PMCID: PMC2819446  PMID: 20514236
phosphorylation; rice; transciptomics
18.  Sumoylation and abscisic acid signaling 
Plant Signaling & Behavior  2009;4(12):1176-1178.
The conjugation of small ubiquitin-related modifier (SUMO) to substrates (sumoylation) is one of posttranslational modification systems in eukaryotes. Sumoylation plays an important role in the regulation of environmental stress response, biotic stress response, and flowering control in plants. Covalent SUMO conjugation requires an E1/E2/E3 enzyme, and SUMO E3 ligase SIZ1 is essential for these regulations. This addendum summarizes our recent study in which it has been established that in Arabidopsis, SUMO E3 ligase SIZ1 negatively controls abscisic acid (ABA) signaling through the sumoylation of ABI5. The conjugation of SUMO to ABI5 represses its activity and also prevents ABI5 from undergoing degradation.
PMCID: PMC2819450  PMID: 20514240
seed germination; seedling growth; SUMO; sumoylation; SIZ1; signal transduction
19.  Role of the fourth membrane domain of the NR2B subunit in the assembly of the NMDA receptor 
Channels (Austin, Tex.)  2008;2(3):159-160.
N-methyl-D-aspartate (NMDA) receptors play crucial roles in excitatory synaptic transmission as well as in excitotoxicity. A growing body of evidence suggests that the regulation of both subunit composition and the number of NMDA receptors reaching the surface membrane are tightly regulated. Recently, we have shown that the third membrane domains (M3) of both NR1 and NR2B subunits contain endoplasmic reticulum (ER) retention signals that prevent the unassembled subunits from leaving the ER. Furthermore, these membrane domains together with NR1 M4 are necessary for negating the ER retention signals found in M3 of NR1 and NR2B. In this addendum, we present new electrophysiological data showing that mutation of the HLFY motif, located immediately after M4 of the NR2B subunit, abolishes the surface trafficking of full-length NR1/NR2B complexes (supporting previous immunofluorescent experiments from our lab); however, the deletion of the NR2B C-terminus including the HLFY motif did not affect the formation of functional receptors when two pieces of the NR2B subunit, NR2B truncated before M4 and NR2B M4, were co-expressed together with the NR1 subunit. These observations will help to uncover the processes involved in the assembly of NR1 and NR2 subunits into functional NMDA receptors.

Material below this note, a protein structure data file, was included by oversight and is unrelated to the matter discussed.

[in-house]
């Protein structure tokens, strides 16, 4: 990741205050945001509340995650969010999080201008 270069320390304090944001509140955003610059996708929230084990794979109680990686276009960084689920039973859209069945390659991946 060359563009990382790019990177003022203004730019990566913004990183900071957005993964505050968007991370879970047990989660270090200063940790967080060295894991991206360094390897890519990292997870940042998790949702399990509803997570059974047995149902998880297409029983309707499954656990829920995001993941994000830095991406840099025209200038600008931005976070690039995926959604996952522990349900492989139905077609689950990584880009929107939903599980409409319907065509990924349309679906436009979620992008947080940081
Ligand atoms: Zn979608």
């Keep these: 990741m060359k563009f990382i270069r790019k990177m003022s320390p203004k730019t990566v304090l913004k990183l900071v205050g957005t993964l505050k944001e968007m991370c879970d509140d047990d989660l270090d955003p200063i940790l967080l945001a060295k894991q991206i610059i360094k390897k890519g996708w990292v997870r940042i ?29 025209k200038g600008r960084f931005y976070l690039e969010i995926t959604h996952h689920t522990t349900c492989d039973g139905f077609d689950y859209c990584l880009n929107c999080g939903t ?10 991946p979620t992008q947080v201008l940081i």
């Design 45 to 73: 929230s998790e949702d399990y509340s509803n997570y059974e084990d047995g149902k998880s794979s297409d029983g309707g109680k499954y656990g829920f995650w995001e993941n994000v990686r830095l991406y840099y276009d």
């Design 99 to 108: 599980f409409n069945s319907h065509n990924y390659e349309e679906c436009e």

PMCID: PMC2889170  PMID: 18836292
ER retention; glutamate receptor; ion channel; masking; patch-clamp; recombinant; subunit assembly
20.  Vipp1 and PspA 
The Vesicle Inducing Protein in Plastids 1 (Vipp1) was suggested to be involved in thylakoid membrane formation in both chloroplasts and cyanobacteria. The protein shows sequence homology to the Phage Shock Protein A (PspA) from bacteria, and both proteins have similar secondary structures. 2D-structures of PspA and of Vipp1 have been determined by electron microscopy in the recent years. Both PspA and Vipp1 form large homooligomeric rings with high molecular masses but their ring dimensions differ significantly. Furthermore, Vipp1 forms rings with different rotational symmetries whereas PspA appears to form rings with singular rotational symmetry. In this article addendum we compare the structures of PspA and Vipp1. Furthermore, we suggest a spatial structural model of the observed Vipp1 rings.